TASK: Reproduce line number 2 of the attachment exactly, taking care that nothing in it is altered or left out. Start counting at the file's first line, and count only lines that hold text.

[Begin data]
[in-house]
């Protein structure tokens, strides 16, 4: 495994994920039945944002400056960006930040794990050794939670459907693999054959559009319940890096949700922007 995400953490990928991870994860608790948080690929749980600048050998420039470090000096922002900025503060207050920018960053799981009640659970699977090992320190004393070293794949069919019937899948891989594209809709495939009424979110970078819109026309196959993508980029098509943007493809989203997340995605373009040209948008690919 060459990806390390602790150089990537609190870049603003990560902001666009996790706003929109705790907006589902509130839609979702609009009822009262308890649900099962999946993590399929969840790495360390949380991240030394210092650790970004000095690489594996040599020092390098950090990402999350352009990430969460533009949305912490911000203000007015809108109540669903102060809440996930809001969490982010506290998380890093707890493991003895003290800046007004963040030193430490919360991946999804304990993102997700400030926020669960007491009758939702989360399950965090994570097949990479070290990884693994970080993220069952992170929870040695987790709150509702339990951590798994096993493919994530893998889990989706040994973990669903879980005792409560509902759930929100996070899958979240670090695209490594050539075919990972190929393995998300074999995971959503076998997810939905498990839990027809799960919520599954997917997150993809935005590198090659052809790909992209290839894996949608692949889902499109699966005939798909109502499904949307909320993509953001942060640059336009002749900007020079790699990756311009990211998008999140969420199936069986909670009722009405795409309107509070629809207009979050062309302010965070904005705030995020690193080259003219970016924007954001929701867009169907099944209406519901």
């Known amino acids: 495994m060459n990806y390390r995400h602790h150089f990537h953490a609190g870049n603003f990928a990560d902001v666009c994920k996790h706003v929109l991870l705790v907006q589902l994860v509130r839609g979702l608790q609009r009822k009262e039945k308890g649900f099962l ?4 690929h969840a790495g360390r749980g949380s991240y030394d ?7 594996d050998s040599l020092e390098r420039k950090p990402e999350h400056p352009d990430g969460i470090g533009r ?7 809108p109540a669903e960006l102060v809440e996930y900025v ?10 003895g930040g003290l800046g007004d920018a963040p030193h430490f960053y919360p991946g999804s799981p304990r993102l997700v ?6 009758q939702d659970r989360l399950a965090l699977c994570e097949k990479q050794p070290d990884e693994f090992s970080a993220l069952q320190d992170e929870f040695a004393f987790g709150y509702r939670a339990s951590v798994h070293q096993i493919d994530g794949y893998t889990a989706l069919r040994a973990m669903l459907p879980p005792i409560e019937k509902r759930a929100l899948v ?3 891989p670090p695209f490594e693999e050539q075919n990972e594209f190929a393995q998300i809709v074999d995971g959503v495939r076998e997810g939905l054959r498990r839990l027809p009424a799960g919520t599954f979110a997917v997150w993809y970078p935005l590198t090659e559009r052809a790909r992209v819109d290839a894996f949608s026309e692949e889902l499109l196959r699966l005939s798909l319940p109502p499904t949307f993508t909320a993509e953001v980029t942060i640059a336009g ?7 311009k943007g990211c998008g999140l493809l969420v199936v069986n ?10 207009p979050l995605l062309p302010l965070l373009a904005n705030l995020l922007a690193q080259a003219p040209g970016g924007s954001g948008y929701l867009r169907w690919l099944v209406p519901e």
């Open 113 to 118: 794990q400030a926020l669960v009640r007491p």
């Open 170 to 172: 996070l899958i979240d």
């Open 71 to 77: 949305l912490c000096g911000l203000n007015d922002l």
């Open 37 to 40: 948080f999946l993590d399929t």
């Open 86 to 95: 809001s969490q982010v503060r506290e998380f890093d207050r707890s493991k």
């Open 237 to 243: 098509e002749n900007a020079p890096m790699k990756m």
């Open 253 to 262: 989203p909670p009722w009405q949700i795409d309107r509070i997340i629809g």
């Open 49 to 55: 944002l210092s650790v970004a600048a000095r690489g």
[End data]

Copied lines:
């Protein structure tokens, strides 16, 4: 495994994920039945944002400056960006930040794990050794939670459907693999054959559009319940890096949700922007 995400953490990928991870994860608790948080690929749980600048050998420039470090000096922002900025503060207050920018960053799981009640659970699977090992320190004393070293794949069919019937899948891989594209809709495939009424979110970078819109026309196959993508980029098509943007493809989203997340995605373009040209948008690919 060459990806390390602790150089990537609190870049603003990560902001666009996790706003929109705790907006589902509130839609979702609009009822009262308890649900099962999946993590399929969840790495360390949380991240030394210092650790970004000095690489594996040599020092390098950090990402999350352009990430969460533009949305912490911000203000007015809108109540669903102060809440996930809001969490982010506290998380890093707890493991003895003290800046007004963040030193430490919360991946999804304990993102997700400030926020669960007491009758939702989360399950965090994570097949990479070290990884693994970080993220069952992170929870040695987790709150509702339990951590798994096993493919994530893998889990989706040994973990669903879980005792409560509902759930929100996070899958979240670090695209490594050539075919990972190929393995998300074999995971959503076998997810939905498990839990027809799960919520599954997917997150993809935005590198090659052809790909992209290839894996949608692949889902499109699966005939798909109502499904949307909320993509953001942060640059336009002749900007020079790699990756311009990211998008999140969420199936069986909670009722009405795409309107509070629809207009979050062309302010965070904005705030995020690193080259003219970016924007954001929701867009169907099944209406519901």